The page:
The highs and lows

May 9, 2019

It occurs to me that I hear too often of late a phrase that has become embedded in

our psyches and is used as a concise catch-all to help us understand our behaviours

or the behaviour of others: low self-esteem. We use it not only to make sense of

behaviours and motivations but also to excuse them.

 

Like any ‘off-the-shelf’ concept that finds its way into every day parlance, it can be a

little too easy to apply and, therefore, sometimes obscure a less palatable truth.

Indeed, there is the possibility that it can be used on occasions to avoid truth

altogether.

 

This is not to say that to suffer from low self-esteem is not emotionally debilitating

because it is. Nor is it to say that low self-esteem can painfully restrict us from

fulfilling our potential because it can. There is much value in helping to bolster and

support somebody to take care of themselves, recognise and honour their

achievements and move towards accepting themselves as unique individuals with a

strong sense of their worth regardless of societal status or background.

If, that is, the identification of low self-esteem is accurate in the first place.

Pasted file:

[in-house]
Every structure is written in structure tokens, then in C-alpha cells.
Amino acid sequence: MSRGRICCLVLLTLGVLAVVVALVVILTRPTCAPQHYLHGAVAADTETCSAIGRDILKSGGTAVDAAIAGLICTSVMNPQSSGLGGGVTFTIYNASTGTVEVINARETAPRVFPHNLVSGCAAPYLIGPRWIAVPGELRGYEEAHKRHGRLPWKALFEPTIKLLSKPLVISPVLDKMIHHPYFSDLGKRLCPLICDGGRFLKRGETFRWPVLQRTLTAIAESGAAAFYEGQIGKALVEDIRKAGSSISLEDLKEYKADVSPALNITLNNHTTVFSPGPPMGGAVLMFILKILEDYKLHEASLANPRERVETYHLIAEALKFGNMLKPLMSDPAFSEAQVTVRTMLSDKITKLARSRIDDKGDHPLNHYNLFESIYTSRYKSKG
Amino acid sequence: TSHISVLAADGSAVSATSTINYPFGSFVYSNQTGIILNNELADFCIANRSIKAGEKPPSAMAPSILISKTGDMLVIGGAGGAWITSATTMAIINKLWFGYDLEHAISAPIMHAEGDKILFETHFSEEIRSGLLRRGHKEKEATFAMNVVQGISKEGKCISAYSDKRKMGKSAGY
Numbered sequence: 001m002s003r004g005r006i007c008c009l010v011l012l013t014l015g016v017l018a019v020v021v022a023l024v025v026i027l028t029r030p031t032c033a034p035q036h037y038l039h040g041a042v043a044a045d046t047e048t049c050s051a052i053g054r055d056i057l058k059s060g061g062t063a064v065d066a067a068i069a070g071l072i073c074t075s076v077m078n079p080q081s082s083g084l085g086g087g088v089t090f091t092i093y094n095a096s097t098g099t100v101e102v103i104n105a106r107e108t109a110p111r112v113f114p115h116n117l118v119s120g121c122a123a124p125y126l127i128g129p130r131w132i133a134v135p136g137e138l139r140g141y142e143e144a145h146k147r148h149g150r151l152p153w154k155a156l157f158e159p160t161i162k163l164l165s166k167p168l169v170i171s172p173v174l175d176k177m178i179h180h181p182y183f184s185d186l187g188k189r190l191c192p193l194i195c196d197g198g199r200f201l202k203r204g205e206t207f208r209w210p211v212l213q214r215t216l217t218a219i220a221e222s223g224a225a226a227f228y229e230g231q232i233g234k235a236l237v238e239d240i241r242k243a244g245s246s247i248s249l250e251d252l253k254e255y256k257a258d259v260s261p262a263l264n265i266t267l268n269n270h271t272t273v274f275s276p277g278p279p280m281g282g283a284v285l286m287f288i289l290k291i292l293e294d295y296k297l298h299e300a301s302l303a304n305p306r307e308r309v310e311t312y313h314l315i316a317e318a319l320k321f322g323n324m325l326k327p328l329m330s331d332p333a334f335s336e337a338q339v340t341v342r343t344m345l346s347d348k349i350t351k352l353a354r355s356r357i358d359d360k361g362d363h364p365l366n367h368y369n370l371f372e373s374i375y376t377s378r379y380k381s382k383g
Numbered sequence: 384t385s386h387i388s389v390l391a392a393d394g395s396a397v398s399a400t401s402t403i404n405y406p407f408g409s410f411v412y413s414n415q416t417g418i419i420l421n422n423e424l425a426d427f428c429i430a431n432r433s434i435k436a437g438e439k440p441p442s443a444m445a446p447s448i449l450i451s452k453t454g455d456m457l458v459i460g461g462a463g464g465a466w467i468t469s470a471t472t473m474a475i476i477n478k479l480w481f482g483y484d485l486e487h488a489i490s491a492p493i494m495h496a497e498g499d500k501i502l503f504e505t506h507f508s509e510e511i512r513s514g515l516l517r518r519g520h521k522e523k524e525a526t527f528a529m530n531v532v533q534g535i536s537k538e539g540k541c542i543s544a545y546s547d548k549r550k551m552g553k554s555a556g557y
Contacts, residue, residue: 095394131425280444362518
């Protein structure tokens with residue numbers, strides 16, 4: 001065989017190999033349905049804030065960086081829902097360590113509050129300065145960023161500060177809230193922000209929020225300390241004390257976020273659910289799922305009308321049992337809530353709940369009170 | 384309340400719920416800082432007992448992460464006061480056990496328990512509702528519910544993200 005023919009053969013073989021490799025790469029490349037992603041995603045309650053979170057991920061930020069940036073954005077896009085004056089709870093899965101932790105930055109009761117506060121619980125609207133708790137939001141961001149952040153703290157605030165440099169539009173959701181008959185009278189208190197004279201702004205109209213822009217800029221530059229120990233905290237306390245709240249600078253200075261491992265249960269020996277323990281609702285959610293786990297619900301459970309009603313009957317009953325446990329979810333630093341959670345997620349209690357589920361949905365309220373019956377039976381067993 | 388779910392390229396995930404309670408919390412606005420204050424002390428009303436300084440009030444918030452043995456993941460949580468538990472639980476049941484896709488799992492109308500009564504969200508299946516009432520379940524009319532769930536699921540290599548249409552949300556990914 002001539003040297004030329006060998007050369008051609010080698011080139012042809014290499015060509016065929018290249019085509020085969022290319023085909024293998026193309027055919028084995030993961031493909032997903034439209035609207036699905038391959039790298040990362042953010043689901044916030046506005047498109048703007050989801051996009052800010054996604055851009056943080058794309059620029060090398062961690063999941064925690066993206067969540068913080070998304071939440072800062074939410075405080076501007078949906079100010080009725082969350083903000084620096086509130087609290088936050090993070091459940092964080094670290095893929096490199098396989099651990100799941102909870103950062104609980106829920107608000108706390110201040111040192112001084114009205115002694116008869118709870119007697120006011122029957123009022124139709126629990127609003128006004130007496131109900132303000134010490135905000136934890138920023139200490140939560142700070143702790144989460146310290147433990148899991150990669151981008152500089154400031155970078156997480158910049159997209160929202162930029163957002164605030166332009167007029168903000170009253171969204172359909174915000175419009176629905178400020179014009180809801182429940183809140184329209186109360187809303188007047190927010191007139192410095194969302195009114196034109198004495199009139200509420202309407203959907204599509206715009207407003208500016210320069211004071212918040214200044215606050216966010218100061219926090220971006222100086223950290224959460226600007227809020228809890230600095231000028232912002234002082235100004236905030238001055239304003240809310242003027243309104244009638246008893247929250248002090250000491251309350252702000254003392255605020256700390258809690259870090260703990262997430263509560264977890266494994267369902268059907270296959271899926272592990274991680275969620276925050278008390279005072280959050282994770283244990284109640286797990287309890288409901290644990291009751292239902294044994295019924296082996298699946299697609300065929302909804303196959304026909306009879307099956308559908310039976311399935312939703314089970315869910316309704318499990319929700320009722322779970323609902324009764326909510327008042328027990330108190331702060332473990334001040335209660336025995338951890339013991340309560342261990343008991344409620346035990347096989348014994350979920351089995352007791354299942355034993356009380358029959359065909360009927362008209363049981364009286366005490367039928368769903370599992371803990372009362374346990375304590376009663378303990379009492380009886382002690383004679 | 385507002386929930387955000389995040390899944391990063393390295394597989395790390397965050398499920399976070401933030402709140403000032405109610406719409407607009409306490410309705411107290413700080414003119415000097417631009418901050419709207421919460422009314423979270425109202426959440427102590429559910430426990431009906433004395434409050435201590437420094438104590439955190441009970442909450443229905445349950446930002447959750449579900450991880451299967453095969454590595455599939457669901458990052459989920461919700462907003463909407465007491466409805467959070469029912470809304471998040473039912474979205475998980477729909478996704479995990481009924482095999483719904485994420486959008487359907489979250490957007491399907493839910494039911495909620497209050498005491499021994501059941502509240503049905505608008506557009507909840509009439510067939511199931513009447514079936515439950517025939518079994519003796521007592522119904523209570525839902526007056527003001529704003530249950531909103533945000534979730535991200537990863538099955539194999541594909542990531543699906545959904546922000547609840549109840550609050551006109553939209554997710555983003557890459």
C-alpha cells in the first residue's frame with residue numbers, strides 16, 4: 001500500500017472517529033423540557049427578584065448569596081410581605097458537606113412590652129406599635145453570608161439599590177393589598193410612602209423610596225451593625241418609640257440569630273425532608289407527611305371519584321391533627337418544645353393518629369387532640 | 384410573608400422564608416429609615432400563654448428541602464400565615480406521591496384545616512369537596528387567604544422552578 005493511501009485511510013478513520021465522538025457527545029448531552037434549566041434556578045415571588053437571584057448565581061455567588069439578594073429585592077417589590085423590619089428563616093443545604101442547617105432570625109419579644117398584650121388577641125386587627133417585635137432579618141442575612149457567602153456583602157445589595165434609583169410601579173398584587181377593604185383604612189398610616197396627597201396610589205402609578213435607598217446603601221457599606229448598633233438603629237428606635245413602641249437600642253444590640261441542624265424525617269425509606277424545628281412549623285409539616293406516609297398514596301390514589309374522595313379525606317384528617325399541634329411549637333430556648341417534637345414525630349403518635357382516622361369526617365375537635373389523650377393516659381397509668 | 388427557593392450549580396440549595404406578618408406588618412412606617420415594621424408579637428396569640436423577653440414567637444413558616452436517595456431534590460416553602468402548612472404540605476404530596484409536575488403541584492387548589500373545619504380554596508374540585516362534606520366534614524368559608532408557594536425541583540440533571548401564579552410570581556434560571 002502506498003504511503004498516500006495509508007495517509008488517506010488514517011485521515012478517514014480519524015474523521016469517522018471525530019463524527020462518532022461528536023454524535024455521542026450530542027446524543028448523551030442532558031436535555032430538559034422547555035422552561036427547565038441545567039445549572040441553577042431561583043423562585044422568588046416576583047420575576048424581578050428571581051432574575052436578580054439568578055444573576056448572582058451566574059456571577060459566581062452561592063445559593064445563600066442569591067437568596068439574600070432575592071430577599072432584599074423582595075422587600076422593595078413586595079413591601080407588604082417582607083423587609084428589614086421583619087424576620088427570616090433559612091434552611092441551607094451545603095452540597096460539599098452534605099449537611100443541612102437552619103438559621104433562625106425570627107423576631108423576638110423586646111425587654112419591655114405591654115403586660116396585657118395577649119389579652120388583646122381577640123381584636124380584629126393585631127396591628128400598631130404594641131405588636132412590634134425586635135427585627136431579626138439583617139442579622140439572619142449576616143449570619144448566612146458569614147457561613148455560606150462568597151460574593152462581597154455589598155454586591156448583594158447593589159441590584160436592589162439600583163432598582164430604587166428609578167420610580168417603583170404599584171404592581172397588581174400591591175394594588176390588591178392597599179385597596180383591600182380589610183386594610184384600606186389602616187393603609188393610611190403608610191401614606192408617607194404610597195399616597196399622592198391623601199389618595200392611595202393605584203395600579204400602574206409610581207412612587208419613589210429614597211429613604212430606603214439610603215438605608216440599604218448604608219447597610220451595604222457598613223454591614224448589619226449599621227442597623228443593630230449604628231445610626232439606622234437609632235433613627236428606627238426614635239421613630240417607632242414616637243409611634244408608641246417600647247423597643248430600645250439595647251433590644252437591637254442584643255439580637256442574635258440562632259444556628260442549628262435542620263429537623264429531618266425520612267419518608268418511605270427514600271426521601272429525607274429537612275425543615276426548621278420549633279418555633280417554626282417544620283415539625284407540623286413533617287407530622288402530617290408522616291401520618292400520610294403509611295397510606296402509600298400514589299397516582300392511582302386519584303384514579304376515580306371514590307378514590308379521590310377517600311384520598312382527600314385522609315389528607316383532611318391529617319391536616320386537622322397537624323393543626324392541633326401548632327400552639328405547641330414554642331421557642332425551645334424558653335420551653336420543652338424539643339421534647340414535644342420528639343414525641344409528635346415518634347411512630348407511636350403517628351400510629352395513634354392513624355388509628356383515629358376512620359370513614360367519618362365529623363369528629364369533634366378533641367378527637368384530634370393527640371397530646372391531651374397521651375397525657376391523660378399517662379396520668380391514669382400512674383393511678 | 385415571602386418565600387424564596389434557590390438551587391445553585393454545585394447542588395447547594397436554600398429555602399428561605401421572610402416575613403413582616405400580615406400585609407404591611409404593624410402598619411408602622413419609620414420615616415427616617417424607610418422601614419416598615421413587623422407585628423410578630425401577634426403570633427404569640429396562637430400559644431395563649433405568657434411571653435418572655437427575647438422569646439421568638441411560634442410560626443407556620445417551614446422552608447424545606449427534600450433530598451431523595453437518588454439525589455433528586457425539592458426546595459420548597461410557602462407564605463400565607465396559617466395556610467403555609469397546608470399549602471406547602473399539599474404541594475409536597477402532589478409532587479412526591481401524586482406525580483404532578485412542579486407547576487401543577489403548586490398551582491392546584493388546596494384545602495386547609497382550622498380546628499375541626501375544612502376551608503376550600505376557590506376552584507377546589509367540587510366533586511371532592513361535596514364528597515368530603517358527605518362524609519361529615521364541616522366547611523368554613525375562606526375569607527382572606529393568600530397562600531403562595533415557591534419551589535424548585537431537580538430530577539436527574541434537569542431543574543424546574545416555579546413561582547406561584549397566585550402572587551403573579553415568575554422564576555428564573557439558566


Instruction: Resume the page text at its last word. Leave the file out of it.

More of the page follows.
In a culture of modesty where ‘pride comes before a fall’ or where we might have

been urged not to ‘get above ourselves’, there can be some secret, self-

congratulatory comfort when we disclose to ourselves and others that we have low

self-esteem.

 

Is it possible that, without giving enough consideration or acknowledgement to how

unrealistic or dishonest it might be, we can see a little too much virtue in putting

others before ourselves? And might this be exacerbated on occasions by an

instinctive need to defend ourselves from other ‘off-the-shelf’ phrases - like

narcissistic personality - the use of which has also become widespread and a little

too convenient? Have we come to believe, quite erroneously, that having low

self-esteem is the opposite to being a narcissist?

 

I wonder if we might sometimes be too ready to wear our low self-esteem as a badge

of honour to conceal the less comfortable truth that we think rather a lot of ourselves;

sometimes, perhaps, a little too much but sometimes just enough.  

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